Much like the first half of the semester, the second half of the semester did not go as I planned. I had intended to focus on building a tutorial space, with a particular focus on how participants could navigate virtual spaces. Instead, my semester turned out to have much more of a focus on editing code than doing the initial prototypes myself: David produced the entire first draft of the first tutorial room and I spent most of the semester tuning up the code so that it would scale well when we build the plantation experience. During this process, it occurred to me how similar it was to a writing/editing relationship in literature. Because I didn’t have to immediately worry about the creative side, I was free to direct my attention to streamlining the code and building an intuitive infrastructure. Most of what I took from this half of the semester relates to a few design heuristics about where and how to store the information we need to run the experience.
The three main ideas I came away with are that information should be stored as locally as possible, scenes in Unity provide a natural unit of size around which to work, and scripts can be used for both information processing and information storage. Storing information as locally as possible is basically what it sounds like: For example, suppose I have some logic that is needed to have a sphere light up when it is targeted with the hand controller. I could either put that logic in a script that is attached to the entire scene or a script that is attached to a sphere game object. By the heuristic, I should put the information in the script attached to the sphere. Keeping information local prevents the scripts we’re writing from getting cluttered and makes it easier to swap out game objects and functionality. In essence, good localization of information cuts down on mental overhead needed to keep track of what everything does and helps improve modular design.
Related, I discovered that scenes in Unity provide a good way to ground a sense of scope and locality. Scenes lend themselves to thinking of three states of size, from smallest to largest: within a scene, at scene level, and between scenes. Within-Scene size usually pertains to game objects that don’t need to persist for the entire scene and don’t necessarily need to know about other objects within the scene. At-Scene size keeps track of information that is relevant to a particular scene, but doesn’t need to be transferred to other scenes. Between-Scene size is information that persists (surprise surprise) between scenes and has to deal with the state of the experience as a whole. Together with the previously mentioned “as local as possible” heuristic, I will first try to place information at within-scene scope, then bump it up to other scopes as it becomes necessary. The exception would be if it’s obvious that the information should be stored more generally in the first place, such as an inventory.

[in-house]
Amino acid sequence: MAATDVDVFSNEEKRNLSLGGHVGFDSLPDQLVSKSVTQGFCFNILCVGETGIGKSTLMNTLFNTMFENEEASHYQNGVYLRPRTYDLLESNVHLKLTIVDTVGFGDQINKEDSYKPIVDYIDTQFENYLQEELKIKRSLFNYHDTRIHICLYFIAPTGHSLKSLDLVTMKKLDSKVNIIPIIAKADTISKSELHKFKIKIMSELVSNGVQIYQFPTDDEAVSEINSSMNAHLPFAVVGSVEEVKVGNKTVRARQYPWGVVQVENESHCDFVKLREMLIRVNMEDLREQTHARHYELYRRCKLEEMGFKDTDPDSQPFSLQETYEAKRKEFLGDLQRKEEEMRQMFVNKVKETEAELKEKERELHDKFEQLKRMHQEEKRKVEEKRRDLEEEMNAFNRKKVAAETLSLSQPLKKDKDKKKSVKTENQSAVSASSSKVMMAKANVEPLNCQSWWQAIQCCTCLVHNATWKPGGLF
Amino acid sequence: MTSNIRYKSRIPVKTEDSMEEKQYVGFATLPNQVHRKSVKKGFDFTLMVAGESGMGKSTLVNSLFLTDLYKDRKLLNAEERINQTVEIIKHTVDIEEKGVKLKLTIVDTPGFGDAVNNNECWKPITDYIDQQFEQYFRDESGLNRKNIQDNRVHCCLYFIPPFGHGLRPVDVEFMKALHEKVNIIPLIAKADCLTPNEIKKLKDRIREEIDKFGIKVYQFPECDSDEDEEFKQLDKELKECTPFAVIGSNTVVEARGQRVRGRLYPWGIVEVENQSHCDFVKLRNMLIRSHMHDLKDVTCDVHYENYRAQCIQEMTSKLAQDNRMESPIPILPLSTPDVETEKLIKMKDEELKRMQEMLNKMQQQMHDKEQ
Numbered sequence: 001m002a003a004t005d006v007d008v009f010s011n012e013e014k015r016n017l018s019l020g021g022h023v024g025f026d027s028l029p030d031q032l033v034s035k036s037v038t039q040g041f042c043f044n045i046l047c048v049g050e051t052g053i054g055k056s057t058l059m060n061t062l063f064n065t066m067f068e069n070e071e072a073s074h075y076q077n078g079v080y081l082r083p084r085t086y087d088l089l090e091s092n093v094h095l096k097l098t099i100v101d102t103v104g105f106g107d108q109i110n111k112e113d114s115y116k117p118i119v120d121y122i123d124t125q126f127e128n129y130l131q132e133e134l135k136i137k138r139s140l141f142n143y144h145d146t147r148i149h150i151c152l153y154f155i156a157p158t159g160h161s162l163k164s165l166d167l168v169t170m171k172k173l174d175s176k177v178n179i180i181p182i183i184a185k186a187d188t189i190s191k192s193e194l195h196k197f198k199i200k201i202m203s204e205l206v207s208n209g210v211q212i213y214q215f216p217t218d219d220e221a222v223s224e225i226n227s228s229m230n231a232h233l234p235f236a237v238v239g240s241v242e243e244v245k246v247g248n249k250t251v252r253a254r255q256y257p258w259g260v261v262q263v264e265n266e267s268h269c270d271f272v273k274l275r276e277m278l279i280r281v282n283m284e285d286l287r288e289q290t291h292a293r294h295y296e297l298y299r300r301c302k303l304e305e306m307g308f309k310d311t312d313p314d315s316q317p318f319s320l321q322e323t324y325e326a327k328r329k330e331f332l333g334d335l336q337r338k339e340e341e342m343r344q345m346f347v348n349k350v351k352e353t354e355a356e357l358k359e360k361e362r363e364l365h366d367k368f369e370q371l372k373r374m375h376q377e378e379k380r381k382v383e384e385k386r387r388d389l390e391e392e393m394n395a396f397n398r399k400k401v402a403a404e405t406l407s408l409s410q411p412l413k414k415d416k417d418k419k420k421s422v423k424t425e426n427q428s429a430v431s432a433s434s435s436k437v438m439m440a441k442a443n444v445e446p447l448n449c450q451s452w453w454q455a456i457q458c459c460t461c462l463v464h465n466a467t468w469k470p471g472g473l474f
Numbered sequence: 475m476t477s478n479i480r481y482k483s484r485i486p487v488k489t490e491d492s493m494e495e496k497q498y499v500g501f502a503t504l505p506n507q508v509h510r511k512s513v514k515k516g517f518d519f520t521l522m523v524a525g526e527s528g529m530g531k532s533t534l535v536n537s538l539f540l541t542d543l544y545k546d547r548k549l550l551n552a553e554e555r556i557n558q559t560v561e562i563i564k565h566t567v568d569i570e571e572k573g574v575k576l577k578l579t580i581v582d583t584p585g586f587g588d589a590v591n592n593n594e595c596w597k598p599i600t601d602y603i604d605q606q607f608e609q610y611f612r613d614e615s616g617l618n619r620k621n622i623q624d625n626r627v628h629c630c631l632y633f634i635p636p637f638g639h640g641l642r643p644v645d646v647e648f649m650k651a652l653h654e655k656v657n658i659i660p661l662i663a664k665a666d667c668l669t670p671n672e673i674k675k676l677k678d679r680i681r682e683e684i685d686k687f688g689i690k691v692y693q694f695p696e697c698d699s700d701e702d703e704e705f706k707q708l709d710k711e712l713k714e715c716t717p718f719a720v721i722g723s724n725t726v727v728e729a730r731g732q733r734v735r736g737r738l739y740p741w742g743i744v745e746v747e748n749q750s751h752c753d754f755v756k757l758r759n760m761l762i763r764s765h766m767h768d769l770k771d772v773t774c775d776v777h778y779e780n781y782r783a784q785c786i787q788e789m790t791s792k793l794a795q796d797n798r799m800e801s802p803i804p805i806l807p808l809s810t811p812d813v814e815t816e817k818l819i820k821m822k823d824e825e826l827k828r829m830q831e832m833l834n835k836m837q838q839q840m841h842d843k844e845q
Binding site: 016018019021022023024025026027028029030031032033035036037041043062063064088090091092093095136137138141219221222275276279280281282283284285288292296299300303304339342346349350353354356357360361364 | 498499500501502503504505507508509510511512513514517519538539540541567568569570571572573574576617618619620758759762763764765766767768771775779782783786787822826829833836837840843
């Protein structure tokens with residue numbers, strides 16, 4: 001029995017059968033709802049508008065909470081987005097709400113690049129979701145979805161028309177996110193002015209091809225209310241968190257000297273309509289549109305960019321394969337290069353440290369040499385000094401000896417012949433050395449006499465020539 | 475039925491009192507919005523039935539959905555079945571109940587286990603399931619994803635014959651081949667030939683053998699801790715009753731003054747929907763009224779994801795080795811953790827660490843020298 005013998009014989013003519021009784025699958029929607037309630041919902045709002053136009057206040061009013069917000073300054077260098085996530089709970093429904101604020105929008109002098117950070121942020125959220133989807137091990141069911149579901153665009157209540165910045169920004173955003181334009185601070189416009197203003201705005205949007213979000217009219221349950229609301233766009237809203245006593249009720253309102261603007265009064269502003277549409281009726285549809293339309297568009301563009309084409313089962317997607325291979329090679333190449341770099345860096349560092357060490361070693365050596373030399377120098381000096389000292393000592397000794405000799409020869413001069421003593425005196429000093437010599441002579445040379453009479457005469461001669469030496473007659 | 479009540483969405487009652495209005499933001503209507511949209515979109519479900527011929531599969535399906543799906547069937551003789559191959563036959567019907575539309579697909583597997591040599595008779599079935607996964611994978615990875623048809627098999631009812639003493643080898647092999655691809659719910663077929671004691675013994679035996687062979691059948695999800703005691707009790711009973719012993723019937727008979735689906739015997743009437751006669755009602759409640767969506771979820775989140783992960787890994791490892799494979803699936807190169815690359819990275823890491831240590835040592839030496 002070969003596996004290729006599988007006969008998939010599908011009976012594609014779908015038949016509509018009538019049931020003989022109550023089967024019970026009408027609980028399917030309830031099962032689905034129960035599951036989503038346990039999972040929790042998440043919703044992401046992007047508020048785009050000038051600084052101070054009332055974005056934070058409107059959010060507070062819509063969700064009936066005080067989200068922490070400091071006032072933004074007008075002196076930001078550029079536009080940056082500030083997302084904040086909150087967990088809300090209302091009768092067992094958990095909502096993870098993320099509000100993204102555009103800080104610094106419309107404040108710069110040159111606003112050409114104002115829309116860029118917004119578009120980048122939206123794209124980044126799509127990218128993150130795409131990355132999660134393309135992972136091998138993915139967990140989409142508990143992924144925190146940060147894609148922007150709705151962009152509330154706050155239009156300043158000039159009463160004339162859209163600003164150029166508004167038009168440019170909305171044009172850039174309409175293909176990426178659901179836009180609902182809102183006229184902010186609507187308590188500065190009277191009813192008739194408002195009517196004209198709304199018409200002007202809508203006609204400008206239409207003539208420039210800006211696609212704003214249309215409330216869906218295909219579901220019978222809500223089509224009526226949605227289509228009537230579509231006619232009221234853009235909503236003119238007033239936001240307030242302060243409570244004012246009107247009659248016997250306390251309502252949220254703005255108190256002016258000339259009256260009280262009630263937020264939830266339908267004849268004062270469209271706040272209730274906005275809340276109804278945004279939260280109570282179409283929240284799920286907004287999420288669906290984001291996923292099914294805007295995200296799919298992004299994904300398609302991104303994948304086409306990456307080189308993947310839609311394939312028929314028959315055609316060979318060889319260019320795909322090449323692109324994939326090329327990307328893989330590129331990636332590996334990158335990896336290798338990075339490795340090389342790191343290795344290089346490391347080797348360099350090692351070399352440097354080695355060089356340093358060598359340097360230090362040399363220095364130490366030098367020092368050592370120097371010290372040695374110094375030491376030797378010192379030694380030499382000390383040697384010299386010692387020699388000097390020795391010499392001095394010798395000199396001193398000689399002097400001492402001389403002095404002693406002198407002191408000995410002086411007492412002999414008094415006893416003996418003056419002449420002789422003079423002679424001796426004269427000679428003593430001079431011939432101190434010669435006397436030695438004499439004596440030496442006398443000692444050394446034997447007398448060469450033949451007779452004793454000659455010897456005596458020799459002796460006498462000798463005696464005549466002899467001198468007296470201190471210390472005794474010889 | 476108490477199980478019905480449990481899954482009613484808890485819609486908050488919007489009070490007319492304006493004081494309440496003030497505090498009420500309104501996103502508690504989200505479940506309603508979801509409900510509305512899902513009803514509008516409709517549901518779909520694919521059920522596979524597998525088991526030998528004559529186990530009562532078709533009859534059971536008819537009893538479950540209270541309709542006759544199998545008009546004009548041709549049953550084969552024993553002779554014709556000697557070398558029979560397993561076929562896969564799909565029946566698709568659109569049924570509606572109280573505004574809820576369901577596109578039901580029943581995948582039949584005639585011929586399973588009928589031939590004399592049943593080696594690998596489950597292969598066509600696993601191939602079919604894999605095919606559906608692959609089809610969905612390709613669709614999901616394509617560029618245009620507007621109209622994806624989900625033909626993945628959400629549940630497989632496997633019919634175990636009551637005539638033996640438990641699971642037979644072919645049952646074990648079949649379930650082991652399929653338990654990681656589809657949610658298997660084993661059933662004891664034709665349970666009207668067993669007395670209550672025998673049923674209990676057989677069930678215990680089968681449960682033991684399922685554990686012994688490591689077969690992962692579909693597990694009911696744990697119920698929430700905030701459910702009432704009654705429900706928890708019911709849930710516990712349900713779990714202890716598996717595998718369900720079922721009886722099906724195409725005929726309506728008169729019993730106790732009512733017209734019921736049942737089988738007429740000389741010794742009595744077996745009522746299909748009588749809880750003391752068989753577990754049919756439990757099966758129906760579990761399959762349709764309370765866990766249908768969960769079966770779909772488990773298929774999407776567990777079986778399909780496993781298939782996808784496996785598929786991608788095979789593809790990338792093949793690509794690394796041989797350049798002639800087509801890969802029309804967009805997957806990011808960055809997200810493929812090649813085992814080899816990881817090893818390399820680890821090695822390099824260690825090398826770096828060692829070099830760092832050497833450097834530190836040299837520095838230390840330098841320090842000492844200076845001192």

The idea that scripts can be used for information storage as opposed to information processing is a little more disconnected from the theme, and mostly worth mentioning because it is counterintuitive to how I have been taught to use code. In my formal education and resource, the primary and often only purpose of a piece of code is to take information and process it. Storage is mostly done in text files, CSV files, or databases. In the majority of circumstances, I do think these methods of storage are most appropriate and effective. Unity and experience development may provide an unusual situation where it makes more sense to store some information in the form of scripts: a lot of information that needs to go into an experience relates to a variety of disjoint events and triggers, which programming languages support better than databases or text files. It’s just taken me a while to arrive at the mental distinction between a script that stores information and a script that processes it.
Looking forward to coming semester, one highly relevant lesson I want to mention is how careful we need to be when it comes to scoping our project. At the beginning of the year, I thought I could have a tutorial room finished before fall break. Admittedly, I wasn’t able to find as much time to be in lab as I would have liked, but we didn’t even finish half of what we wanted for a tutorial experience in the full semester. What our incomplete tutorial suggests to me is that we need to hone in on what is really essential to the experience and focus on that. Although I will be doubling my official working hours next semester, I think it would be wiser to leave that extra time as a buffer for unexpected developments, rather than assuming I can get twice as much done. Regardless, I am looking forward to having the full team together and figuring out what we’re going to create.
Author: Zachary Segall
Zachary Segall ‘18 is a Math and Computer Science double major with a Policy Studies concentration. The Unity developer and C# programmer for the Uncle Sam Plantation project, he is interested in the intersections of technology, psychology, and social issues.
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